Kraken Cryptor ransomware uses the name of an anti-malware program to trick users into installing it
Kraken Cryptor ransomware 1.5 is the newest version of the Kraken crypto family that was released in August 2018. However, the most impressive fact related to it is how did the attackers have been distributing it. It seems that the main way used to infect users with Kraken Cryptor 1.5 was the official website of SuperAntiSpyware which was hacked and then infected with the malicious executable file.
According to cybersecurity researchers, while trying to trick users into downloading the virus, the legitimate file was changed by the almost identical ransomware installer. The only difference between these exe files was additional “s” letter added at the end of the file name. While the original name is known as called SUPERAntiSpyware.exe, the malevolent executable was named as SUPERAntiSpywares.exe. Even the icon of the file was the same.
Fortunately, the original data was not compromised in any way, and the original executable installed the legitimate anti-malware, as it was supposed to. So, users who installed the software from standard download links got the secure version and nothing more. Additionally, the malicious file is no longer spread on the official site.
SuperAntiSpyware reply on this unpleasant discovery:
A malicious file was uploaded to the SUPERAntiSpyware download server as a result of an attempted attack on the server. The malicious file was discovered and removed from the server within several hours of the attempt. The server has since been thoroughly scanned and the vulnerability has been corrected.
The functionality of Kraken Cryptor 1.5 ransomware attack
The latest version of Kraken Cryptor ransomware works similar to other cryptocurrency-demanding threats. When executed, this virus performs a variety of actions helping it encrypt files on the system. The ransomware attack starts when the virus creates a Safe.exe file which, once launched, checks the language and location of the victim's device. If the victim is from Armenia, Azerbaijan, Belarus, Estonia, Georgia, Iran, Kyrgyzstan, Kazakhstan, Lithuania, Latvia, Moldova, Russia, Tajikistan, Turkmenistan, Ukraine, Uzbekistan or Brazil, encryption is not started.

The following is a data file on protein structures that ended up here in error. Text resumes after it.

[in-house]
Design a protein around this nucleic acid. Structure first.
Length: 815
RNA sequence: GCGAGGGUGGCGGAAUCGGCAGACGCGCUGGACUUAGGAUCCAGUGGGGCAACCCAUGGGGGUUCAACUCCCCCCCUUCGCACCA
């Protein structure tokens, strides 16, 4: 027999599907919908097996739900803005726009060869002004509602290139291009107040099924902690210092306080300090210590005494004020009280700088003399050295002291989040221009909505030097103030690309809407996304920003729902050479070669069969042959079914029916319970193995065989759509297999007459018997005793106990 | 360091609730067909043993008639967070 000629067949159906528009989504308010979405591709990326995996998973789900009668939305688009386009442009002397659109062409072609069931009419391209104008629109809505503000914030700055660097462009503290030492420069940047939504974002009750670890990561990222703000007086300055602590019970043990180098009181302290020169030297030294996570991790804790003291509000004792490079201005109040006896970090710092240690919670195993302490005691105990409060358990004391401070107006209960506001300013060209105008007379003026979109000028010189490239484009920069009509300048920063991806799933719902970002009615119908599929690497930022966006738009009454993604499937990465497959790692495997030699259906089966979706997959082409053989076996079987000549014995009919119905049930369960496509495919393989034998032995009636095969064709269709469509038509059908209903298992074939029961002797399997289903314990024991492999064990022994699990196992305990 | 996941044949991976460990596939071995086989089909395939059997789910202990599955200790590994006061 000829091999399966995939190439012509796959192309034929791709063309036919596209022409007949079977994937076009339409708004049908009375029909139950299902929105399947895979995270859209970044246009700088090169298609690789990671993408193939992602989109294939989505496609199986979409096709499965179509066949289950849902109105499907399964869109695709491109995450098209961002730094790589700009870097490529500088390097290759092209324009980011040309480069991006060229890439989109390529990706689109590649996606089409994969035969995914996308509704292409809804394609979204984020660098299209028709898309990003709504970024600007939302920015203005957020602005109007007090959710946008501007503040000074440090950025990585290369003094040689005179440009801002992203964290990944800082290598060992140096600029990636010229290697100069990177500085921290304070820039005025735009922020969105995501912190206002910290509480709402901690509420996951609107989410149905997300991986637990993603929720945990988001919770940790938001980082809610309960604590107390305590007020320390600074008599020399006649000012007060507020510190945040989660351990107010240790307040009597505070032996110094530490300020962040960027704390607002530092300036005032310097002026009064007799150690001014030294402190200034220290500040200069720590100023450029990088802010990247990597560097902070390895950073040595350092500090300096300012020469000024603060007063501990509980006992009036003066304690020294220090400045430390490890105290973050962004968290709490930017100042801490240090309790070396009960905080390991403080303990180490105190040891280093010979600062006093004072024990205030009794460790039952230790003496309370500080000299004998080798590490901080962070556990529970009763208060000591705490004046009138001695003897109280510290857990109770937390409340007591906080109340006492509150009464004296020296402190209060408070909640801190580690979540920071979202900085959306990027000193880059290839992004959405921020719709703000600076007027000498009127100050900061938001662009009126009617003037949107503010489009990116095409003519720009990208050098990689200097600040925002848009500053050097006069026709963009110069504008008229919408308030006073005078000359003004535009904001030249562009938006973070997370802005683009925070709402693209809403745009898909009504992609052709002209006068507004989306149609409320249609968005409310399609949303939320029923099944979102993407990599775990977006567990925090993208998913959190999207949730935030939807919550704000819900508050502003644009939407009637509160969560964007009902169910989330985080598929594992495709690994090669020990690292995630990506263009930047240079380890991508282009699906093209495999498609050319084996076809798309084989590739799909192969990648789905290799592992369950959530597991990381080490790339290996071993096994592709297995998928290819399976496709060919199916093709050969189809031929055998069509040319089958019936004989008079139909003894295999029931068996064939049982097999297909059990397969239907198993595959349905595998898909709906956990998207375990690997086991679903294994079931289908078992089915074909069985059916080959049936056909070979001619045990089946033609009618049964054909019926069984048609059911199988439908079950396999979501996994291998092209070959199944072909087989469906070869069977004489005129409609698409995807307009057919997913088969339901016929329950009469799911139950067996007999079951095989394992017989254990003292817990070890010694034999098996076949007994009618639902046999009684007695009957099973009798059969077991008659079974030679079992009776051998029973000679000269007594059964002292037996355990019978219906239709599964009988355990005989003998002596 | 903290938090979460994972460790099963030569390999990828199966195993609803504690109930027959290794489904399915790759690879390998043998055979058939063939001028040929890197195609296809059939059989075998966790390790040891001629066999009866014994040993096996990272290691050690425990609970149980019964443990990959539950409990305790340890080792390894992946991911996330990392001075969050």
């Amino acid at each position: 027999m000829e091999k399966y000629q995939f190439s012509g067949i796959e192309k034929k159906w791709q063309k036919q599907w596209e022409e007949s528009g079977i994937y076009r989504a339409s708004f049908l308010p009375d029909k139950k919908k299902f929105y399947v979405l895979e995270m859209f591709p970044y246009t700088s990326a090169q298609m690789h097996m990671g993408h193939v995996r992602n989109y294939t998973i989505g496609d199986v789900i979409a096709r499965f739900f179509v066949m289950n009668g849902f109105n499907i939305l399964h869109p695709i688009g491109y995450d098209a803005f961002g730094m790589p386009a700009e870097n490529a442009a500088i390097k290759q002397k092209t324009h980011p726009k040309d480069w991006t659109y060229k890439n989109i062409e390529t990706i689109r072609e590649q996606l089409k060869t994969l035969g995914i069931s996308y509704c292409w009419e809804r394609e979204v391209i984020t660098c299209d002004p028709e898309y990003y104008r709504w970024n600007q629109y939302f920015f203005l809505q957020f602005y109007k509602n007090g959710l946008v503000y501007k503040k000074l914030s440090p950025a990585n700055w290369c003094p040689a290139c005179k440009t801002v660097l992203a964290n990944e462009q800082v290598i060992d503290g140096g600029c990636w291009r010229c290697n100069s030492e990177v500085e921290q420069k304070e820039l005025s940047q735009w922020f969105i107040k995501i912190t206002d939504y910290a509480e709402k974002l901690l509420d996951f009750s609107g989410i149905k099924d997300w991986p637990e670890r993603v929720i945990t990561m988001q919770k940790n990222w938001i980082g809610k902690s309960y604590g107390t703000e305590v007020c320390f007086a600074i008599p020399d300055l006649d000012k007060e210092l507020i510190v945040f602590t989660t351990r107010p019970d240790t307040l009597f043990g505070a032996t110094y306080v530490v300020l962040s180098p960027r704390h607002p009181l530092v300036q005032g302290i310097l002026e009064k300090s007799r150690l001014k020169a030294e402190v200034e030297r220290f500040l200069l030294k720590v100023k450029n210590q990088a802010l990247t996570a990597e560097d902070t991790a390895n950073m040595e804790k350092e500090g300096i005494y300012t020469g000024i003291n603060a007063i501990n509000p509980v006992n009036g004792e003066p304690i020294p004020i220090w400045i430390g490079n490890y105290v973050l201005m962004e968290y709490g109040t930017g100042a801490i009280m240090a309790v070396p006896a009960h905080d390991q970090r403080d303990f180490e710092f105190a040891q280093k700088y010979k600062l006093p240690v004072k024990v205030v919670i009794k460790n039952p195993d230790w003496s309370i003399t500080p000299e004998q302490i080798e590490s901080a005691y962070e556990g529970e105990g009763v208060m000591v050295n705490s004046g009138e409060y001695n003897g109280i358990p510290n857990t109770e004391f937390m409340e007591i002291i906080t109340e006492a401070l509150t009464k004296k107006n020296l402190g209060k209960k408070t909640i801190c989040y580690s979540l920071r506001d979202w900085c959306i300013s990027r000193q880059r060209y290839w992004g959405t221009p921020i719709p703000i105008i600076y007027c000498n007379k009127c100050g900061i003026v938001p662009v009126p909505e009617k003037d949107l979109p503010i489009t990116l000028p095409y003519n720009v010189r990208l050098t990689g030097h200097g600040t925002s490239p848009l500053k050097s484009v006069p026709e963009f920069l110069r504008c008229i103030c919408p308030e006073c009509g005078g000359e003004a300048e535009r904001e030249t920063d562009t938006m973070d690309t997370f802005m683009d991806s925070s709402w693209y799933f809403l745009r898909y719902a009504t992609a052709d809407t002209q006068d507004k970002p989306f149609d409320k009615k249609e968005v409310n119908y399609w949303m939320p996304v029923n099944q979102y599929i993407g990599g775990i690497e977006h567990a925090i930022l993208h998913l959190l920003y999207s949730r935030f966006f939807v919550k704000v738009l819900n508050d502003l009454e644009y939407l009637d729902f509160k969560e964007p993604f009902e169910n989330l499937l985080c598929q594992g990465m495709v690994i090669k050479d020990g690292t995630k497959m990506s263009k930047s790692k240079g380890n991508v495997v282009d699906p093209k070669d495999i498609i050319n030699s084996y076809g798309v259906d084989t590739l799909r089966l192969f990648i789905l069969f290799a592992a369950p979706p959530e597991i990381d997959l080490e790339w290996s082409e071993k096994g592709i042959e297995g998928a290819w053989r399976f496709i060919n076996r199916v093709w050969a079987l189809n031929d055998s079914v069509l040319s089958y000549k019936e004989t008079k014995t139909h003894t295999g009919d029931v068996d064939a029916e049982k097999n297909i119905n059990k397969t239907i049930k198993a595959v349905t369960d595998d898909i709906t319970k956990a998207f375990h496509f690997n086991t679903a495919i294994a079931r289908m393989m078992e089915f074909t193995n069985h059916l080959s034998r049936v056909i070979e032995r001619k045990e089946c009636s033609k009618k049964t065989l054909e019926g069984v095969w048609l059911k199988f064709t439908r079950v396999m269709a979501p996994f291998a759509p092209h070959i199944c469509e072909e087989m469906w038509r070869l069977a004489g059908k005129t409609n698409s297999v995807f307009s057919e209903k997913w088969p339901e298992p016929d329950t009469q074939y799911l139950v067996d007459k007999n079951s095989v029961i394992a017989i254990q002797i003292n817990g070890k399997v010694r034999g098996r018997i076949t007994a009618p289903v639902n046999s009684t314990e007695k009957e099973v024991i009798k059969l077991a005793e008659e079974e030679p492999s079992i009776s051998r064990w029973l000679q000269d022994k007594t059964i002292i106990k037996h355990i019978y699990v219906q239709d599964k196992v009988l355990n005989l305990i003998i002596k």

After the system is scanned, the virus chooses various data from photos, videos, archives, documents, and encrypts them using AES-128 encryption algorithm. These encoded files are marked by using the 00000000-Lock.onion pattern. When the data is encrypted, it becomes unreachable. Unfortunately, this virus is still not decryptable.
Other features of the Kraken Cryptor 1.5 ransomware:
- ransom note called “# How to Decrypt Files.txt” placed in every folder on the system that contains encrypted data;
- ransom amount is 0.125 Bitcoin;
- a message displayed in the ransom message contains instructions on how to make this payment and a unique identification key developed for each victim after the encryption process;
- contact email for the crooks behind this virus is firstname.lastname@example.org.
Ransomware distribution ways
There is no information on how exactly Kraken Cryptor 1.5 spreads besides the SuperAntiSpywares.exe file. However, typical ransomware and previous versions of this particular cyber threat have been spread via spam email campaigns. Various social engineering techniques can be used to spread malware as well.
The most common way is to spread direct malicious script on the device by using infected MS Word or Excel documents disguised as essential documents from a legitimate company or service. The minute user opens the infected file, ransomware script loads on the system.